Tag Archives: polls

Hey, This Is Nice!

DB1408-62_risingstar_tptI am under no illusions that the Down Beat Critics Poll is an absolutely objective affair where artistic merit is the only factor (how would you even do that?)—so I absolutely am not getting the idea that I am in the “top” (whatever that means) 20 non-famous (“jazz famous,” that is) trumpeters out there (since I can think of several even within a few square miles of here who regularly kick my butt all over the bandstand), but still—this is nice!

What I take it to mean is that at least a few people (somewhere between 5 and 27) who know this music very well remembered who I am, and that they enjoyed my playing, when filling out their polls—which in this day of hundreds of jazz records released every month is not something I take for granted.

However, I have to say that I’m pretty sure two very big factors contributing to my cracking this list for the first time were:

  • I released two albums in two years; and
  • I hired a very good publicist to promote them.

I know there are many outstanding trumpeters out there who either didn’t release as frequently, or weren’t able to hire someone to bug reviewers to seek them out in the deluge, and they’re at a disadvantage. The whole publicity discussion is one for another time, but I’ve made my peace with the fact that even though a good publicist can encourage a reviewer to dig through his or her overflowing inbox and give a particular album a spin, it doesn’t guarantee the reviewer will like it.  (As a few reviews I could’ve done without can demonstrate.)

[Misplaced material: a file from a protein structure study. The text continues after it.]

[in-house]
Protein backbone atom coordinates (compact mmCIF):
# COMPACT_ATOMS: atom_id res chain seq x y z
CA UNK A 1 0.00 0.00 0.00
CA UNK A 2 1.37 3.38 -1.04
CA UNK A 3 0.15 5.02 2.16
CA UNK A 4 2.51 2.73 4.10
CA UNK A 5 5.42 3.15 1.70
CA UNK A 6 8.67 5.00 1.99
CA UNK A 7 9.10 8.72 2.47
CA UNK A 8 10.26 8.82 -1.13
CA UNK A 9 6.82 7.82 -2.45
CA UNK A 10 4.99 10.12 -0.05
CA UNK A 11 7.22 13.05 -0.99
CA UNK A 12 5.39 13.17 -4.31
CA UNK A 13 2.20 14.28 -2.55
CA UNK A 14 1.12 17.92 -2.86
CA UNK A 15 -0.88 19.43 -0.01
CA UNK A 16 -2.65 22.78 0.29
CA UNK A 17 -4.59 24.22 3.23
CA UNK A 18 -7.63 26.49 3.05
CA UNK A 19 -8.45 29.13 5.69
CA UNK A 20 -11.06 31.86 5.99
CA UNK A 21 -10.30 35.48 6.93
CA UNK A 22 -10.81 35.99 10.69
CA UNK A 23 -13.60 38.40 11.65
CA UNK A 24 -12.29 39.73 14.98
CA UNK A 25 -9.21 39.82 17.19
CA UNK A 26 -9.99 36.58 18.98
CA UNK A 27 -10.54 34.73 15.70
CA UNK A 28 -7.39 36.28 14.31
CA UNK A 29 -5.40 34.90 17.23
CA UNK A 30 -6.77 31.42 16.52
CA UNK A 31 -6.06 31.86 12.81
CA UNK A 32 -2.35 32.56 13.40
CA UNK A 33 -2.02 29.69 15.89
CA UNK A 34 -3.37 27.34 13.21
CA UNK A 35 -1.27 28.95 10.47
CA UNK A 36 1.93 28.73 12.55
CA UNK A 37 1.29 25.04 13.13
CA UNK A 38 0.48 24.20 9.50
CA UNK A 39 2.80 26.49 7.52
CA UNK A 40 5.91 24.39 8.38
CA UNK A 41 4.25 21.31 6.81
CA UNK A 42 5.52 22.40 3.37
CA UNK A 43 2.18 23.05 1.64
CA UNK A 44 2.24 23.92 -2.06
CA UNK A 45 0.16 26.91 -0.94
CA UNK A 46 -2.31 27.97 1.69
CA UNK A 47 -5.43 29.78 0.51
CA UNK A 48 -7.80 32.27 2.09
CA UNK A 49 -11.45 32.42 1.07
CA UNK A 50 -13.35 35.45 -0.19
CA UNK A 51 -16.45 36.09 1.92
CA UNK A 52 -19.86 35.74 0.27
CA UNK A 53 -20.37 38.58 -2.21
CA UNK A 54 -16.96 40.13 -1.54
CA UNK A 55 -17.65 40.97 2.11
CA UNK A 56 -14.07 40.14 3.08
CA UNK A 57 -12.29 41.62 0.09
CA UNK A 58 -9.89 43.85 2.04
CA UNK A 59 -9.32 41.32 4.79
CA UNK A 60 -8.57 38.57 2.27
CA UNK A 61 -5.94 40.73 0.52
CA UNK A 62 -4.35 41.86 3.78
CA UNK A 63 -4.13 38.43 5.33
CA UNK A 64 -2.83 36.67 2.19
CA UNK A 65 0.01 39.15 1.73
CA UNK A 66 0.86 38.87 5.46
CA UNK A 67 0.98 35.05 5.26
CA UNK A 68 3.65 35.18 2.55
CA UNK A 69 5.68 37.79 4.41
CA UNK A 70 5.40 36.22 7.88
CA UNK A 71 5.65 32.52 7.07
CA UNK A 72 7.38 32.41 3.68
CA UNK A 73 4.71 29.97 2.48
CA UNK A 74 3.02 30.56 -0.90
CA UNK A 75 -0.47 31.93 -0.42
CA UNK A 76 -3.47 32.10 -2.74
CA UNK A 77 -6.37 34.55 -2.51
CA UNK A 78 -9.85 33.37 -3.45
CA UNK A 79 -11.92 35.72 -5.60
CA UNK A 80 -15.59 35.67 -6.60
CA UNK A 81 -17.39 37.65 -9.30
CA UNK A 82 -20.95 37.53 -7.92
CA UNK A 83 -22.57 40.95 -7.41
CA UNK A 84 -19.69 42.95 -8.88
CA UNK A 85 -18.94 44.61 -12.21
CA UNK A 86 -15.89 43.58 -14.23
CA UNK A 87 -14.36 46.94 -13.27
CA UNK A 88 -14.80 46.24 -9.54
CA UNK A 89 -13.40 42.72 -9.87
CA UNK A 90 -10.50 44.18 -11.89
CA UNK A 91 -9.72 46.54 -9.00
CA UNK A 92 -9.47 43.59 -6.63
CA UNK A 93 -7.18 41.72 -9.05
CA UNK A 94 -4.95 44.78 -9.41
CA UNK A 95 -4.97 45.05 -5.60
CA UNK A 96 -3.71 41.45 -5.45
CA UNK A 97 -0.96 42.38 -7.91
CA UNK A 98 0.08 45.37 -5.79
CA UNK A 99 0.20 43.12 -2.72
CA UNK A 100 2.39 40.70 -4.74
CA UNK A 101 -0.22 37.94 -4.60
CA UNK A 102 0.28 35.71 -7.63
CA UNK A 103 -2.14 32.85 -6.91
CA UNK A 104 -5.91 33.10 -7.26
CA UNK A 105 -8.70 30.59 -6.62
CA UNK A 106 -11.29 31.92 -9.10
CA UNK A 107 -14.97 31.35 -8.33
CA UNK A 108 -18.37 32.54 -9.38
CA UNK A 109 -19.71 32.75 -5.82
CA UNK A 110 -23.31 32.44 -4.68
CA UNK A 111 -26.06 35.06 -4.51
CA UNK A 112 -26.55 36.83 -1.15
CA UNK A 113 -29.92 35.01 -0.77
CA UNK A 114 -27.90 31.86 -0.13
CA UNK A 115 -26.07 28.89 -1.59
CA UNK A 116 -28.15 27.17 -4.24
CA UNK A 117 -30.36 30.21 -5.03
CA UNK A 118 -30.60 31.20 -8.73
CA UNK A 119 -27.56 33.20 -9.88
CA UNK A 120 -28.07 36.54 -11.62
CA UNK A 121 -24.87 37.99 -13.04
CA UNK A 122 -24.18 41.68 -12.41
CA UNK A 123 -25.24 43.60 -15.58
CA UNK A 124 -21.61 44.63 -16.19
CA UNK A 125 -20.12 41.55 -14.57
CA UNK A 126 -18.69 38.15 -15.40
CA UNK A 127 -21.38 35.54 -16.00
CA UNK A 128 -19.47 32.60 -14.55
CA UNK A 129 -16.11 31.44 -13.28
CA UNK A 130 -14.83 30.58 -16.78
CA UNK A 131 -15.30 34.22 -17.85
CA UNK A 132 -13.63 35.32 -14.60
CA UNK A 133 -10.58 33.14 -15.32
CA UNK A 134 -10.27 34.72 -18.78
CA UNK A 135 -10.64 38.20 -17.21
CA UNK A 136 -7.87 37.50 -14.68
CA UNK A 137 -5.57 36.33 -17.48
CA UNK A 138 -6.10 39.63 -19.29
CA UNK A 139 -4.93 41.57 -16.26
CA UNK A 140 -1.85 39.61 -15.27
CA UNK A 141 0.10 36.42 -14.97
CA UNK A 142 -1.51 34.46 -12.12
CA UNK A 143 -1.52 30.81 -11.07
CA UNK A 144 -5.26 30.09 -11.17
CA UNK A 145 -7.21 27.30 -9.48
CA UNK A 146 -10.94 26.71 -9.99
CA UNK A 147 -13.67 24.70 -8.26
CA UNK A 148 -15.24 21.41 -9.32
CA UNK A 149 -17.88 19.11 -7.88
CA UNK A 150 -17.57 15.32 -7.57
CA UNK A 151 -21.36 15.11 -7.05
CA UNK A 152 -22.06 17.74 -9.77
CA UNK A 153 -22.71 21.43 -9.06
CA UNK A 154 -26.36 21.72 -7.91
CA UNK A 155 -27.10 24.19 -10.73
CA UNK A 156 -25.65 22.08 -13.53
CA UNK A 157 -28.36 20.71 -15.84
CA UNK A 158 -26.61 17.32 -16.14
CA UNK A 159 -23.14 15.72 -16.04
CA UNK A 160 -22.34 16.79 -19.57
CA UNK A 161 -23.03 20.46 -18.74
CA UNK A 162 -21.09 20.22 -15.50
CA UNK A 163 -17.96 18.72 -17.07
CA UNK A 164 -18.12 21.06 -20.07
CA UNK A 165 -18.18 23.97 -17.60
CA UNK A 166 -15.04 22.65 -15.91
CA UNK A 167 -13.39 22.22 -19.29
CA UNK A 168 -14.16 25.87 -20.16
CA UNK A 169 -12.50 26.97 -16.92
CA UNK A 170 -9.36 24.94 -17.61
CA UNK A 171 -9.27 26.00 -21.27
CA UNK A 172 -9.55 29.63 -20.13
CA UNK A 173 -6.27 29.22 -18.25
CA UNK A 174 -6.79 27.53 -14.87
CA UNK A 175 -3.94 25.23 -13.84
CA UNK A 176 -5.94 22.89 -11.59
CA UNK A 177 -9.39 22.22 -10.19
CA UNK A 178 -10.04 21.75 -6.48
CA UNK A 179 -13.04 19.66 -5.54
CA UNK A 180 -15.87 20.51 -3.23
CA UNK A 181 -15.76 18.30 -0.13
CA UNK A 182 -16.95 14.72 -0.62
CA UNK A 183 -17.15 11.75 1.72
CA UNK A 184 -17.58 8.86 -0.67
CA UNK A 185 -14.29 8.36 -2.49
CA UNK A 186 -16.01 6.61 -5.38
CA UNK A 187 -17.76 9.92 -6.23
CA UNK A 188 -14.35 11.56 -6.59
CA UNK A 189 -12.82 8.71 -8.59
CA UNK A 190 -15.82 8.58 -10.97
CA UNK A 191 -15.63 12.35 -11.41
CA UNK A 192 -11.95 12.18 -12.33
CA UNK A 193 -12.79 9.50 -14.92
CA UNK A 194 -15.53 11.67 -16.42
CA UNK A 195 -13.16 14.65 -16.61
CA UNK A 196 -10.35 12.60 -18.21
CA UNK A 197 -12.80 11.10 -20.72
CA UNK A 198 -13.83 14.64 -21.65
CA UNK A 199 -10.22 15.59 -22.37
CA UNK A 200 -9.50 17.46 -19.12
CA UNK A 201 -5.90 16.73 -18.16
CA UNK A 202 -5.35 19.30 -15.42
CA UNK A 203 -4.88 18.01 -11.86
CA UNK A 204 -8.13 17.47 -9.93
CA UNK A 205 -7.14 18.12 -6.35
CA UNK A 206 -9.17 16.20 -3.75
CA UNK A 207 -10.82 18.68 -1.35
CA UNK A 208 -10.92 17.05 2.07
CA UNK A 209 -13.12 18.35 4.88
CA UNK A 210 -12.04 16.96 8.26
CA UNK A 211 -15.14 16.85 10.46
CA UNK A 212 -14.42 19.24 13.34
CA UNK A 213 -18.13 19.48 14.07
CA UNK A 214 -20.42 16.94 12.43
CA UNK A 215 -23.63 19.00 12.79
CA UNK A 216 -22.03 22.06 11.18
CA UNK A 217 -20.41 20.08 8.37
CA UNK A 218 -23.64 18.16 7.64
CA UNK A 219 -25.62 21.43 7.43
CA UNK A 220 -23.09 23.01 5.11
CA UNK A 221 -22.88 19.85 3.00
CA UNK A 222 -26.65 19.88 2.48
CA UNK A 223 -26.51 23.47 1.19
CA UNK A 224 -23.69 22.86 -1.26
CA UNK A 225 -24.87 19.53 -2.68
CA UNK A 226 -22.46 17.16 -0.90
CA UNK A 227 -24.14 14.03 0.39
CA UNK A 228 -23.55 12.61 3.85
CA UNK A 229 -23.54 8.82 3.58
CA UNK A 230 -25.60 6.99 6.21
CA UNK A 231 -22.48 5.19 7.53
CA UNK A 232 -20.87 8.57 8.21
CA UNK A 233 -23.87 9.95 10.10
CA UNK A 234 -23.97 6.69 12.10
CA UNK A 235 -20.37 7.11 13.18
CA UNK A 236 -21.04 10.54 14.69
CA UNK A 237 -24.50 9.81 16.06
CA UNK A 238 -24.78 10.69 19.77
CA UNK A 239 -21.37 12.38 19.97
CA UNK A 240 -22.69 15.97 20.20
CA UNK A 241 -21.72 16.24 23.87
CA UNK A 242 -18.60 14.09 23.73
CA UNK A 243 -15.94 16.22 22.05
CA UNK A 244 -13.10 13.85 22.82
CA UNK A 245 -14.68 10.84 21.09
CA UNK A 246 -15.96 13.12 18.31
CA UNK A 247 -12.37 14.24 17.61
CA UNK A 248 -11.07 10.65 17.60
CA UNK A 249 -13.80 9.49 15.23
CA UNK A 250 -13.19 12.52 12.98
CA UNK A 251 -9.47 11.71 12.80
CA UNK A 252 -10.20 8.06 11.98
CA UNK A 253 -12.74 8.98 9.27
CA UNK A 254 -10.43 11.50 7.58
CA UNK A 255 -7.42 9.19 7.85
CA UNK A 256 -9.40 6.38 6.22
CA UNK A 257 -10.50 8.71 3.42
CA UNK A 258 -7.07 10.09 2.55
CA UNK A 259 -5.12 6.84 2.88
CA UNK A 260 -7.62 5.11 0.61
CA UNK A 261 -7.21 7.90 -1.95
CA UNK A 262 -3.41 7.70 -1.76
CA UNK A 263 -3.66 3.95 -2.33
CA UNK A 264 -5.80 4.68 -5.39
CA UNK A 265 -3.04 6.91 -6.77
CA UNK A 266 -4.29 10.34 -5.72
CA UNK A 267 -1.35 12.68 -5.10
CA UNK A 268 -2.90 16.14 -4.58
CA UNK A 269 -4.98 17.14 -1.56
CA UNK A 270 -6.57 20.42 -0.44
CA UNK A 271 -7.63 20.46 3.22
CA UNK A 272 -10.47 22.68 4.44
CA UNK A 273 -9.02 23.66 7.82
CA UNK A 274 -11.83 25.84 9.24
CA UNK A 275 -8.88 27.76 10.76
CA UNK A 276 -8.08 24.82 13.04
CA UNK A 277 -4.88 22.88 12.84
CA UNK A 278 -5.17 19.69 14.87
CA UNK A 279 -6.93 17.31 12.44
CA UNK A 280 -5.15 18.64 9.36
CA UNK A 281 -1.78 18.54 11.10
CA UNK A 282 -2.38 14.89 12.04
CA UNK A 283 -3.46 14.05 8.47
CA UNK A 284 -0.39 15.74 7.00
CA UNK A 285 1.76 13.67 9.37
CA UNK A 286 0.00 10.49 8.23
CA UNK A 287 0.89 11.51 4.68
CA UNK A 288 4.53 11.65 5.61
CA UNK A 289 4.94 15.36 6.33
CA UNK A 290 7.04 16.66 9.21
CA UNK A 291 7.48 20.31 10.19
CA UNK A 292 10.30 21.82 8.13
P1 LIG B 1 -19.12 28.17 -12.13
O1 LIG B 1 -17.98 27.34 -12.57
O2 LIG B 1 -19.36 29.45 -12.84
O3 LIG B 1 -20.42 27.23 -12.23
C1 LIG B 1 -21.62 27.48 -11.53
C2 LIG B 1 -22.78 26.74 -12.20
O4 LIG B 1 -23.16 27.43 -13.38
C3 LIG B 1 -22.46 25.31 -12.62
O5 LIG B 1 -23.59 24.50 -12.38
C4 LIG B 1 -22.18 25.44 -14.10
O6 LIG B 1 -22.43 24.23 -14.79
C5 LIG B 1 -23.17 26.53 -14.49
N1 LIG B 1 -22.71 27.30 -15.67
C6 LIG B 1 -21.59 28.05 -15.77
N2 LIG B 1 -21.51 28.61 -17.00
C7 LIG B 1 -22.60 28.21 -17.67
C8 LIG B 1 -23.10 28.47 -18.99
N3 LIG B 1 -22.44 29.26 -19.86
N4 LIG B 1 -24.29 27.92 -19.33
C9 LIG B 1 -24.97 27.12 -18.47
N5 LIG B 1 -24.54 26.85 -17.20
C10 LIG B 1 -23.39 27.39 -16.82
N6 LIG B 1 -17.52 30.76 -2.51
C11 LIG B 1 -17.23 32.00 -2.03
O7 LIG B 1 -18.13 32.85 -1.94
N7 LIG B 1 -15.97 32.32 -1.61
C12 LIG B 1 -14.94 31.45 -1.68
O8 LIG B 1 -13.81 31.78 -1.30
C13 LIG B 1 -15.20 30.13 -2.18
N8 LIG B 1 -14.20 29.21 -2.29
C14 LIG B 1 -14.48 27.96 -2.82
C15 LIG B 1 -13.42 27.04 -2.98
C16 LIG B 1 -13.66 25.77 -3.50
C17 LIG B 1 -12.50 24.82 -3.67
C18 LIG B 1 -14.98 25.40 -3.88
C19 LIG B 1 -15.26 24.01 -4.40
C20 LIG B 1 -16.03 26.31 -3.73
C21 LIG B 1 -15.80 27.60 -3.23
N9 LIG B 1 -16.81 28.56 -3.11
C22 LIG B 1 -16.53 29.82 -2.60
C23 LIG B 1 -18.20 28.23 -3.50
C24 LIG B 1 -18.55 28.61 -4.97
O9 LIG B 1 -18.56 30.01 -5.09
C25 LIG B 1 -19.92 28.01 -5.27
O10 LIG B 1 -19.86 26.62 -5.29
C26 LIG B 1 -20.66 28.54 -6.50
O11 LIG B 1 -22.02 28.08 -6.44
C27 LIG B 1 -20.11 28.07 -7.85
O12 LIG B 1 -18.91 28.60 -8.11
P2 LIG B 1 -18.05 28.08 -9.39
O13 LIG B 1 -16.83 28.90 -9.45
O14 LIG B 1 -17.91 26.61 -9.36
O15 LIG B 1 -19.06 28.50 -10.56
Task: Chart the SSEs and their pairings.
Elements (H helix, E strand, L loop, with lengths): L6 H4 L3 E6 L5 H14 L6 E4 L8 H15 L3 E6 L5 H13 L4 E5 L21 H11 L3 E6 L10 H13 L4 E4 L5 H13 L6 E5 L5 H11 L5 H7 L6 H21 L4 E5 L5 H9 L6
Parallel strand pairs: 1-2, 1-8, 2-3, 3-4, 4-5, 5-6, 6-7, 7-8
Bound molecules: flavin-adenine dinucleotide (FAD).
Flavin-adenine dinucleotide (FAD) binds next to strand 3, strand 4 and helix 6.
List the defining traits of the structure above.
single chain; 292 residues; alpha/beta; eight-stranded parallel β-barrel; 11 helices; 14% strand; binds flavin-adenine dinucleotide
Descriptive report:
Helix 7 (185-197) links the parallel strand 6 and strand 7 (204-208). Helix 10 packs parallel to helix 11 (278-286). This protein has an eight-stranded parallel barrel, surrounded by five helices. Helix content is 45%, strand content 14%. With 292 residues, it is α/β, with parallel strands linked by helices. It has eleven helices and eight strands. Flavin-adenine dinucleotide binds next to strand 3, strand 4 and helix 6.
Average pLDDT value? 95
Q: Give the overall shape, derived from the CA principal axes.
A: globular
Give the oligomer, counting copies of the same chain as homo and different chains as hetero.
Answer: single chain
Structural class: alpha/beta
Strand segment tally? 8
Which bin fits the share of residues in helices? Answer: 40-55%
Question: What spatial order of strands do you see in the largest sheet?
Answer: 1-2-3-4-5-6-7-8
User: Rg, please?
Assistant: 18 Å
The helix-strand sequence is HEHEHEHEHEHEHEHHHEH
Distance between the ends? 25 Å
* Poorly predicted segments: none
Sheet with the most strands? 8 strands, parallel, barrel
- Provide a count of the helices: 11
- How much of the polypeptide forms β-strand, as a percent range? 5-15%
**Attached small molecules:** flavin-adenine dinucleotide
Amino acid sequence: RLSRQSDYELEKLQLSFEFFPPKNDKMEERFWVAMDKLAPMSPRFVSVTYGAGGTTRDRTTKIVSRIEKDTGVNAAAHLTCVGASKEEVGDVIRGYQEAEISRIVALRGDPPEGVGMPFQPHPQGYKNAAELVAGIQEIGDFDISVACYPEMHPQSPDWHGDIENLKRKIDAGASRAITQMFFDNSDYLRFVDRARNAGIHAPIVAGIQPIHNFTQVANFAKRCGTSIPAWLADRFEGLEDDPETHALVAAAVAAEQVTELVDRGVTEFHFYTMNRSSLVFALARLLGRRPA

That said, I’m absolutely glad the critics remembered me (even though my last record came out way back in February—practically the stone age!), and I’m especially glad to see so many deserving friends, teachers & colleagues—Evan Francis! Dayna Stephens! Maria Schneider! Reggie Workman! Satoko Fujii! Donny McCaslin! Ben Goldberg! Howard Wiley! Kirk Knuffke! Jacob Garchik! Mike McGinnis!—showing up elsewhere in the poll.  I hope we all get more gigs!

(P.S. For an interesting and very detailed breakdown on how one voter approached the ballot, read this.)